Our research focuses on the role of seafloor processes in ocean chemical cycles and ecology, the biogeochemical influences of hypoxia and anoxia, and new electrochemical tools for ocean observing networks.
Over the last 12 years we have adopted the eddy covariance (EC) method as our main approach to studying benthic oxygen exchange, and we have applied EC to study the dynamics of fluxes on the Oregon shelf. Benthic oxygen fluxes represent the rate that oxygen dissolved in seawater is consumed (or produced) by the biological community at the seafloor. Essential to eddy covariance measurements are reliable, fast responding, low noise, and fully calibrated oxygen sensors. We are working on new sensor designs and comparing sensors made in our lab to commercially available optodes and microelectrodes. In 2018 and 2019, we made repeated EC measurements at sites at 30 m and 80 m water depth adjacent to the Oregon line of the Ocean Observatories Initiative (OOI) Endurance Array to assess if there are changes in the biological activity of sediments due to seasonal changes in organic matter input from overlying waters. High fluxes observed in winter months suggest that enough labile marine organic matter is retained in the shelf environment throughout the year to support substantial benthic fluxes of oxygen, total carbon dioxide and nutrients that are important in setting bottom water conditions at the start of the summer upwelling season.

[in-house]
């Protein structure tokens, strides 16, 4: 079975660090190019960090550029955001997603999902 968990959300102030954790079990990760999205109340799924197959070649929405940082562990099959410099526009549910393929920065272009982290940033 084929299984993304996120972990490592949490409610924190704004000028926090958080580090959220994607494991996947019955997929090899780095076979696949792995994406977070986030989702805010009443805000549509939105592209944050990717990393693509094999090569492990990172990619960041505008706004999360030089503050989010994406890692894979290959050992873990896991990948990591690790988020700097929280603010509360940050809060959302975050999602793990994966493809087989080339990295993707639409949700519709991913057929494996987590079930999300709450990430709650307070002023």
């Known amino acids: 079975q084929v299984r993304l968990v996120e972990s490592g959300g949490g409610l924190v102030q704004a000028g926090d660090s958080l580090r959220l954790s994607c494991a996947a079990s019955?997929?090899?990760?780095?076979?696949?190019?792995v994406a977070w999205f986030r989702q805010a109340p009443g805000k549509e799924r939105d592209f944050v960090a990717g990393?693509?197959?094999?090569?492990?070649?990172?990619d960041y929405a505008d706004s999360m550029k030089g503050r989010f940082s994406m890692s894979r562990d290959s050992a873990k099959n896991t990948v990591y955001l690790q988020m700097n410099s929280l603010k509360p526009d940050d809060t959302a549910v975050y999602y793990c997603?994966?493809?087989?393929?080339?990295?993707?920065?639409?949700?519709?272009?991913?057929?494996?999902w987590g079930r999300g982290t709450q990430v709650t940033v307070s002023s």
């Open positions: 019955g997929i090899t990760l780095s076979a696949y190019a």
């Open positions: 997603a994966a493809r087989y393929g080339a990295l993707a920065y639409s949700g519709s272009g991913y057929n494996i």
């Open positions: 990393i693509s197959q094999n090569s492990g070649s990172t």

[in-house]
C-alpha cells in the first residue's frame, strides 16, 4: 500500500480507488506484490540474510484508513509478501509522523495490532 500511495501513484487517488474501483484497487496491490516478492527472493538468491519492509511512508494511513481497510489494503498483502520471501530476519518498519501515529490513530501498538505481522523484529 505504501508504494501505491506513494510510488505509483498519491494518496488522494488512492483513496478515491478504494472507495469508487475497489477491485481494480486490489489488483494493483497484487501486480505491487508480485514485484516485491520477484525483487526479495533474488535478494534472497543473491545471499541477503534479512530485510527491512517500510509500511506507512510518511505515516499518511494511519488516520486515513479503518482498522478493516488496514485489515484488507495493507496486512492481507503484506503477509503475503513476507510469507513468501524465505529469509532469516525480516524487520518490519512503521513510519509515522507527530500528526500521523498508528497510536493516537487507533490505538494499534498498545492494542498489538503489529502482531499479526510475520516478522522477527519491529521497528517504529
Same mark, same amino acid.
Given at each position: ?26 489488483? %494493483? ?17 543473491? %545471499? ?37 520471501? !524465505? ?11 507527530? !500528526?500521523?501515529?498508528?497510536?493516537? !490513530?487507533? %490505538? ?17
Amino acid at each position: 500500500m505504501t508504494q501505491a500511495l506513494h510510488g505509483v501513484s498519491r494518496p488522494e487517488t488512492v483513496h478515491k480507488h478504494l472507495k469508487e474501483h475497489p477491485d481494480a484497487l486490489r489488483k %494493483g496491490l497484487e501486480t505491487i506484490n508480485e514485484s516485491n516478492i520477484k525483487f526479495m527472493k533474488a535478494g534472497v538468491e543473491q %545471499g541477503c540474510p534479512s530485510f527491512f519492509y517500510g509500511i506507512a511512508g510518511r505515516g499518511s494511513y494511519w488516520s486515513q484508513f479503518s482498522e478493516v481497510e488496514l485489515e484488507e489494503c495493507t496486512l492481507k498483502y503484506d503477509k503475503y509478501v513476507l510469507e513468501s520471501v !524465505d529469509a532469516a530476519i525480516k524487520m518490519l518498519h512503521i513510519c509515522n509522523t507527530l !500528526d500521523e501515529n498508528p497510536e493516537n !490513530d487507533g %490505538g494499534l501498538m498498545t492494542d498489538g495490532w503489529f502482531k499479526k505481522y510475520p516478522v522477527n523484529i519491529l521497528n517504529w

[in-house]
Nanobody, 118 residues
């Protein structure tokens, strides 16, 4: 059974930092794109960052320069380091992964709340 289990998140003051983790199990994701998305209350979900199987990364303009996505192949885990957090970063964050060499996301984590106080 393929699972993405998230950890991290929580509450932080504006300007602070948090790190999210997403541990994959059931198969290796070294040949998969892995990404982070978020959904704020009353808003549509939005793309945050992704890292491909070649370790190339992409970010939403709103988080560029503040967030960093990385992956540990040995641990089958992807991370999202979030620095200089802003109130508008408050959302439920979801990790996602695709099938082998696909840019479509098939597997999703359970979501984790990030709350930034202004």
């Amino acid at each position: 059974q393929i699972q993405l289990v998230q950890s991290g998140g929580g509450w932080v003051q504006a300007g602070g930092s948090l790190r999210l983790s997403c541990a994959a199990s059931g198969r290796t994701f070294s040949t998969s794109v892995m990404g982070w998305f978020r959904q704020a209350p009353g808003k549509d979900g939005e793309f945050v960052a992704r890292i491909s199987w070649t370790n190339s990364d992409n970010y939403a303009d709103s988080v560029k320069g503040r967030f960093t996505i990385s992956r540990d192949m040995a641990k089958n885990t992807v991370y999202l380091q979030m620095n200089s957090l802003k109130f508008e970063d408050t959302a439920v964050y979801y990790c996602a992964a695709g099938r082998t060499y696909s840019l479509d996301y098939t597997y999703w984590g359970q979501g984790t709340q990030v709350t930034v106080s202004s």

Image of integrated EC sensors: Nortek Vector ADV, Pyroscience fiberoptic optode and Rockland Microsquid thermistor
Benthic Microbial Fuel Cells
Our group also continues to develop and evaluate revolutionary benthic microbial fuel cells (BMFCs) – devices designed as self-refueling power sources for fixed seafloor sensors. We have demonstrated powering acoustic modem/chemical sensor systems by unattended BMFCs at water depths ranging from 10-1000 m. We are investigating the microbial communities and chemistries that enable electron transfer in these systems. A unique discovery we made recently is finding multicellular, filamentous, sulfur-oxidizing bacteria, known as cable bacteria, attached to fibers of a carbon brush electrode serving as an anode of a benthic microbial fuel cell. This finding indicates that cable bacteria may in fact be facultative anaerobes. We are conducting follow-on work to use bioelectrochemical systems to enrich for cable bacteria and to study their mechanisms of electron transport from cell to cell and to a solid electrode. To learn more about our research please go to the links above.